Helping Schoolchildren Cope with Anger: A Cognitive-Behavioral Intervention
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available from www.pbis.org. Tier 1: Universal Prevention Programs The majority of students in a typical school building come to school with the requisite skills and dispositions to engage in the curriculum effectively while exhibiting relatively few behavioral problems with the learning experience. In general, these students require only knowledge and understanding of the school or classroom rules and conduct expectations in order to utilize their existing skills and dispositions to adhere to
generalization element. Continually remind the group members that these goals are something to be worked toward and that difficulties, missteps, and barriers are to be expected. Remind them that the group is a safe opportunity to practice the skills necessary for effective transfer and that the classroom teacher stands ready to help in that setting. The skills should be taught in a manner that allows the training to build one skill upon another in a sequenced fashion. Name and describe each skill
teachers: The Role of the Classroom Teacher 65 “If you will recall from our previous discussion of the Anger Coping Program curriculum, the children will be learning how to develop personal behavioral goals at our second meeting. This is a very critical aspect of our effort because it serves as one of the major bridges between what we are doing in the group room and what you are doing in the classroom. To facilitate the children’s goal development, it will be helpful for you to give me some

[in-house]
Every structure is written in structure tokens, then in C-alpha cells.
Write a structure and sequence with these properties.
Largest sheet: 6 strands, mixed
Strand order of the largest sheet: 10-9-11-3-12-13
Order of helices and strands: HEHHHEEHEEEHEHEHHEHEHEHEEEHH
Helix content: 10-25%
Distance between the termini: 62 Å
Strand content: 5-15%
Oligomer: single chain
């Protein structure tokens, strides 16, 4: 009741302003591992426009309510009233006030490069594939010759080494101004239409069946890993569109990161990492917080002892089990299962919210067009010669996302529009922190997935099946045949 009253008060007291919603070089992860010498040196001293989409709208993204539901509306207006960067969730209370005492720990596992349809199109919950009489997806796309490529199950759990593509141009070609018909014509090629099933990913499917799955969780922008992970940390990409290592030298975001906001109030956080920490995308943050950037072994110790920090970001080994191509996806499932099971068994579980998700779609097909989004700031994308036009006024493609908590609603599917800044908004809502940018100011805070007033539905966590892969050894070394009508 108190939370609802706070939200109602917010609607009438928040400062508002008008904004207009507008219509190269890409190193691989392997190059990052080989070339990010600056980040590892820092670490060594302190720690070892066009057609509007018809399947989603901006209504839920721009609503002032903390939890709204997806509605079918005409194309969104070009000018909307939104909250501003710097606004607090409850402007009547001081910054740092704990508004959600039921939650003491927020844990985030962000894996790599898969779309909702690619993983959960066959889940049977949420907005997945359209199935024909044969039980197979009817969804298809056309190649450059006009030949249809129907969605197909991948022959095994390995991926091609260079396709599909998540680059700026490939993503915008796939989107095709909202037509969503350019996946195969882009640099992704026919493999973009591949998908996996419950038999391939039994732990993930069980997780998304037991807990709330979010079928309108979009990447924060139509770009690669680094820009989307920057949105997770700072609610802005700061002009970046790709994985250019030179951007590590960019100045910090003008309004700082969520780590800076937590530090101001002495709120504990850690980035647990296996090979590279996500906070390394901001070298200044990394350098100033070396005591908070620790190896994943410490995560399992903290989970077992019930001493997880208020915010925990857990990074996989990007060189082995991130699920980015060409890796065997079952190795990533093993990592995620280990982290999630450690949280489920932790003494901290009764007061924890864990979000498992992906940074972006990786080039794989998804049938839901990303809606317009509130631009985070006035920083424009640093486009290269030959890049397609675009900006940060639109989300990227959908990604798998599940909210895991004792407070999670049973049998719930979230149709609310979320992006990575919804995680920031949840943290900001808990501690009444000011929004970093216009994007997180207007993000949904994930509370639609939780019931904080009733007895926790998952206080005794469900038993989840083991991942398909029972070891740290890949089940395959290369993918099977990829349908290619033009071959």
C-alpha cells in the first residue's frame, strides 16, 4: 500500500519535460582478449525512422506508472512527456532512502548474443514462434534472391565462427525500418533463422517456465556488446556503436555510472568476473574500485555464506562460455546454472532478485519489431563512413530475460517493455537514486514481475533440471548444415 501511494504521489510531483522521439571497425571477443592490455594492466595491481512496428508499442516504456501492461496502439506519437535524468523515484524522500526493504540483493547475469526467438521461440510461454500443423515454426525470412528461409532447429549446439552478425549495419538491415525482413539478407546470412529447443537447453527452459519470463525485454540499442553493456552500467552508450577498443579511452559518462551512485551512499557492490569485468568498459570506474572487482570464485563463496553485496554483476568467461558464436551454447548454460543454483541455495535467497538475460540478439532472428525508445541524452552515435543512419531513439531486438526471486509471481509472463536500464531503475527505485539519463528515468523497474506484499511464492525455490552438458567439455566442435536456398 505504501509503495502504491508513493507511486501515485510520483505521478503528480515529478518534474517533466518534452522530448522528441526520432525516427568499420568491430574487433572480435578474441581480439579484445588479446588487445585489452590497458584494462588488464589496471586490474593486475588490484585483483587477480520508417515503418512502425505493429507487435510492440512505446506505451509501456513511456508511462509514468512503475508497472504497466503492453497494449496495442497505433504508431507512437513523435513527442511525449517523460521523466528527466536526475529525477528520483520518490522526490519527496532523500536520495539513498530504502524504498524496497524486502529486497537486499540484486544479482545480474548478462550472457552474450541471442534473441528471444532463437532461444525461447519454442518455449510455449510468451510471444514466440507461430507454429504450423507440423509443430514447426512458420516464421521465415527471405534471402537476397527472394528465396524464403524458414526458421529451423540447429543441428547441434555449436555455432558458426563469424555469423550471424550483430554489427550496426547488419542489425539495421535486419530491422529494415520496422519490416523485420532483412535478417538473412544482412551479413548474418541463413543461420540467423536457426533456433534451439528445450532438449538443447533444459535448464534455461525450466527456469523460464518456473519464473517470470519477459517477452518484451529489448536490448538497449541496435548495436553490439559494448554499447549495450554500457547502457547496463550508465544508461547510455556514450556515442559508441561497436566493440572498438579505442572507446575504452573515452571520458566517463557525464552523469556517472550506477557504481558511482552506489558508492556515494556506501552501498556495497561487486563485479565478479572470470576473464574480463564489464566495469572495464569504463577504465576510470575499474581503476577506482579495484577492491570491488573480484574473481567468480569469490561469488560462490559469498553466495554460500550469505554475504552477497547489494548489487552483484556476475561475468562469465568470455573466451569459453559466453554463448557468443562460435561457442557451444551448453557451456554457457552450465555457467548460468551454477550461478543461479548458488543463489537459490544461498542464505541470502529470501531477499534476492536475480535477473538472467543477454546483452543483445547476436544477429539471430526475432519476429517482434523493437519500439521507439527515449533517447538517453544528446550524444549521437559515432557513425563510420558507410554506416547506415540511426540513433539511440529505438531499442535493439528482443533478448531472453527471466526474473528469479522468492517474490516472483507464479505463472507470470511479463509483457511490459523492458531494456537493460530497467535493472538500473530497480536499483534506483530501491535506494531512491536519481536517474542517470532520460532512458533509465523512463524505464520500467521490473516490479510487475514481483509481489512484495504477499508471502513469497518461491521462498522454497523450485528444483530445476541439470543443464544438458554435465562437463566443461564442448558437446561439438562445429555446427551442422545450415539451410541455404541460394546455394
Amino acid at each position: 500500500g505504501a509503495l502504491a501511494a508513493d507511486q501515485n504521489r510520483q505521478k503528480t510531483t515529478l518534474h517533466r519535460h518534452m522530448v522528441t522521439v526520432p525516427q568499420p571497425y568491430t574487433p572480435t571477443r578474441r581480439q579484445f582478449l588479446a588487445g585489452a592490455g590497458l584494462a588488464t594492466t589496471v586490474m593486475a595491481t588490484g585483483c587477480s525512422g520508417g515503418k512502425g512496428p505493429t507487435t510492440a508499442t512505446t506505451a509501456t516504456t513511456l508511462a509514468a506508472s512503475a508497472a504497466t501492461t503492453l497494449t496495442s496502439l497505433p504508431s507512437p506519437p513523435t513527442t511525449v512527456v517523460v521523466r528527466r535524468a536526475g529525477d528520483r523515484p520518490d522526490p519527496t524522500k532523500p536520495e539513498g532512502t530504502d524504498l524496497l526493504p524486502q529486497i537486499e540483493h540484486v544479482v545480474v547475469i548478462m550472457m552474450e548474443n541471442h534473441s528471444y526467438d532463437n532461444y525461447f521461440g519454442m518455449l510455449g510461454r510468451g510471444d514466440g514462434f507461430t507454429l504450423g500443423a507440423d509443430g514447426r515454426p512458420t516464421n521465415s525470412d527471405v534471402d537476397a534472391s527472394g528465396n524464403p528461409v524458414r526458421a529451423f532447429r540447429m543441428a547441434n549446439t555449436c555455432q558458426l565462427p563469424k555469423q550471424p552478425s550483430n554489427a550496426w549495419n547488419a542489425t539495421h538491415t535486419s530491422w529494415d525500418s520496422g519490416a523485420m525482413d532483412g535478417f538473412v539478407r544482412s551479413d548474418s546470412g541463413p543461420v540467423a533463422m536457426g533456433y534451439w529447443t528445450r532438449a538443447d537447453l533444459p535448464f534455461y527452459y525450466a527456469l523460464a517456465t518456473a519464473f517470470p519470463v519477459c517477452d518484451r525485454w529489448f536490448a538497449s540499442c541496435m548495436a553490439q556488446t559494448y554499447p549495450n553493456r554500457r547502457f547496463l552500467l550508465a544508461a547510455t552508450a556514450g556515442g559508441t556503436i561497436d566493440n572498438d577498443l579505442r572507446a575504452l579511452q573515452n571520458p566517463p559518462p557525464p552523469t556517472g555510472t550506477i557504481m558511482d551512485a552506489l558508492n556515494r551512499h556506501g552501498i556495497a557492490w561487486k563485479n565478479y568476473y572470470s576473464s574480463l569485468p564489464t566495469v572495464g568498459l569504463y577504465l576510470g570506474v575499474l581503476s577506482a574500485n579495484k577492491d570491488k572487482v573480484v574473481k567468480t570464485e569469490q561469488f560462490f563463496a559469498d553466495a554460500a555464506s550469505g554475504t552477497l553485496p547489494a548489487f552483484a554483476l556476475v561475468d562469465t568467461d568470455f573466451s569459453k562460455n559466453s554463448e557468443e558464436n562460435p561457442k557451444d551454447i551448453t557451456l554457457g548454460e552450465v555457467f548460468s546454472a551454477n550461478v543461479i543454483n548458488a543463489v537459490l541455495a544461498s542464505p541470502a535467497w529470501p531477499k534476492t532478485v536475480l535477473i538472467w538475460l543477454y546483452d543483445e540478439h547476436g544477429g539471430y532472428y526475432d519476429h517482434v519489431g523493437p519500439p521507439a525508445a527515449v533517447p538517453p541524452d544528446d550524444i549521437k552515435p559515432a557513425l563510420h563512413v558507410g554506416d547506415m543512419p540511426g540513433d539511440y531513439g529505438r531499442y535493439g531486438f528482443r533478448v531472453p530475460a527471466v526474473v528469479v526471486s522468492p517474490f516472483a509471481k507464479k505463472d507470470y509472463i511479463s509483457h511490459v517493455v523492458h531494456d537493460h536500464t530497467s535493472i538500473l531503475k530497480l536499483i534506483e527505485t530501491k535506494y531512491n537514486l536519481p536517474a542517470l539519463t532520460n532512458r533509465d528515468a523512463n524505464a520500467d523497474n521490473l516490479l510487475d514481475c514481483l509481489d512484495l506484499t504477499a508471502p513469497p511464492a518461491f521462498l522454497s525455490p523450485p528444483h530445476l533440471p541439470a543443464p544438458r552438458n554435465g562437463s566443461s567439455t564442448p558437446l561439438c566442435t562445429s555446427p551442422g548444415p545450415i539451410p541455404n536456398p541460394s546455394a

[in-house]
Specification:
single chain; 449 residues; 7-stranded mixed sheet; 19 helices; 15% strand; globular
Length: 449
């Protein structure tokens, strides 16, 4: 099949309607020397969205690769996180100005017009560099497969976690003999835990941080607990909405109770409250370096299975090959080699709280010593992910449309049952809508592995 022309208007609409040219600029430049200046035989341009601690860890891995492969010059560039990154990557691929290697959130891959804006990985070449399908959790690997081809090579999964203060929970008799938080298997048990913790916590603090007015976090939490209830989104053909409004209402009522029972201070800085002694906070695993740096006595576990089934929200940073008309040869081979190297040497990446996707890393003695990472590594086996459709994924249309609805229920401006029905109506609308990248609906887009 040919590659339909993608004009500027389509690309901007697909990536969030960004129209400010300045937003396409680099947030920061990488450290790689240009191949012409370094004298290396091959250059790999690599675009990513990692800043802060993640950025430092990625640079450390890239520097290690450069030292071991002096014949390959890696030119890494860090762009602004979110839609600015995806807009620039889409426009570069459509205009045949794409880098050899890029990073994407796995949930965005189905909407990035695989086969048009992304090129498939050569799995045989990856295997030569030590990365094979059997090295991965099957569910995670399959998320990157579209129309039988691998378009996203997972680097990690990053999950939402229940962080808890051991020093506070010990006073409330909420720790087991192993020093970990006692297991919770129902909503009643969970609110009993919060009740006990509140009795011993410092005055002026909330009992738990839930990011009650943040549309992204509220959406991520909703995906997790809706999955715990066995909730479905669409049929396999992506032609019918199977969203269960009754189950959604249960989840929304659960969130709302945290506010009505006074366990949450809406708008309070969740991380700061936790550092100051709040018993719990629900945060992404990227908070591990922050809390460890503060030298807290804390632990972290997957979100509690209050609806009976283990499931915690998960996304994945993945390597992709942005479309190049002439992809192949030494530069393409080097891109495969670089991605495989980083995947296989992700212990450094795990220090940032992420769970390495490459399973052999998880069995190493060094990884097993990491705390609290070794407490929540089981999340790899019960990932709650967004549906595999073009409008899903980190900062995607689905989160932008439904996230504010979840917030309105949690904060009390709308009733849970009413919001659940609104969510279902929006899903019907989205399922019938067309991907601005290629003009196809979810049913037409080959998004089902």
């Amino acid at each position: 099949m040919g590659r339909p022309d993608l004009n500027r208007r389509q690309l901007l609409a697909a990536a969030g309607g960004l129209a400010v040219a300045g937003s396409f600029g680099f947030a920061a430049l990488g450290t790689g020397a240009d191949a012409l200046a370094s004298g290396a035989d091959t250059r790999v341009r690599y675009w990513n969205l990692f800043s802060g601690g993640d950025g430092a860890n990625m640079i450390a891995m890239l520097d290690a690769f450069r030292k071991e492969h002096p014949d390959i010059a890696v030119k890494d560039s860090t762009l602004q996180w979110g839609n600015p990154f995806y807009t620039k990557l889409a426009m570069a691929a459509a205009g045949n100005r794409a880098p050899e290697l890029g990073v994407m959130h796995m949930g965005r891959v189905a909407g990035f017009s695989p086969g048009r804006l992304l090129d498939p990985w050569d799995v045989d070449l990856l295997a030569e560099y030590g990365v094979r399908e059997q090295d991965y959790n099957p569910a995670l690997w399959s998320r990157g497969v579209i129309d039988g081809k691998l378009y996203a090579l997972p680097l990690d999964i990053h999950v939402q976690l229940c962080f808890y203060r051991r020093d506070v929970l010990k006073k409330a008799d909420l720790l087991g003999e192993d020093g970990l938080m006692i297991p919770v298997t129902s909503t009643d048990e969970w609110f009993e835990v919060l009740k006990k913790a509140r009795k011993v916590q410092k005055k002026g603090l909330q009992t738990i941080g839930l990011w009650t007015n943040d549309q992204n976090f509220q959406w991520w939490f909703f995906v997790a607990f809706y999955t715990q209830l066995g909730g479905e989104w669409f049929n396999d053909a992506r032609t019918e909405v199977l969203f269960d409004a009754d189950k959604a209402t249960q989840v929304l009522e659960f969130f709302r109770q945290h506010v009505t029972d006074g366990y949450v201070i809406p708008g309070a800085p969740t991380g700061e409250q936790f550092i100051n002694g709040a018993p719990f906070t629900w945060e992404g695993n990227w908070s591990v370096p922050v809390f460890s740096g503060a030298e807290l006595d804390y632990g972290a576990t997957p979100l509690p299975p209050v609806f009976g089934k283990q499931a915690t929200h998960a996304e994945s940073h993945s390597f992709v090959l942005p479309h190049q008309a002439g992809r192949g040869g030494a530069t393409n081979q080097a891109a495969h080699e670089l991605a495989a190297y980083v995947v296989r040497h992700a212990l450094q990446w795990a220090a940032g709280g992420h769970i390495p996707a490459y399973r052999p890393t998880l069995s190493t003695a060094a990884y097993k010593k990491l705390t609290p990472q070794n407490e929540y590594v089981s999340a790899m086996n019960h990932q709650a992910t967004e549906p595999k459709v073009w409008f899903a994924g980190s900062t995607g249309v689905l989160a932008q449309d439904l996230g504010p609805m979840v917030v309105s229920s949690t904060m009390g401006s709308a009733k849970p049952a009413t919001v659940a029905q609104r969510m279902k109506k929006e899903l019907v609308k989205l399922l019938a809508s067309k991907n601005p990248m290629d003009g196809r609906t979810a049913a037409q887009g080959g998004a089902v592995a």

behaviors. Because parents also rated the children as having significant reductions in attention problems, the Anger Coping Program appears to assist children in better focusing their attention in appropriate ways at home and at school. These changes in attentional control may have partially mediated the reductions in externalizing behavior problems, as indicated by the significant correlation between these change scores. The children’s academic achievement was assessed by a state-created
The influence of deviant peer groups’ norms on individual children’s behavior has also been evident in findings that elementary school children’s aggression may be influenced by peer rejection only when aggression is relatively rare in the classroom (Boivin, Dodge, & Coie, 1995; Stormshak et al., 1999). Deviancy Training In addition to being exposed to others with high levels of aggression, members of a deviant peer group may directly reinforce one another’s antisocial attitudes and behaviors.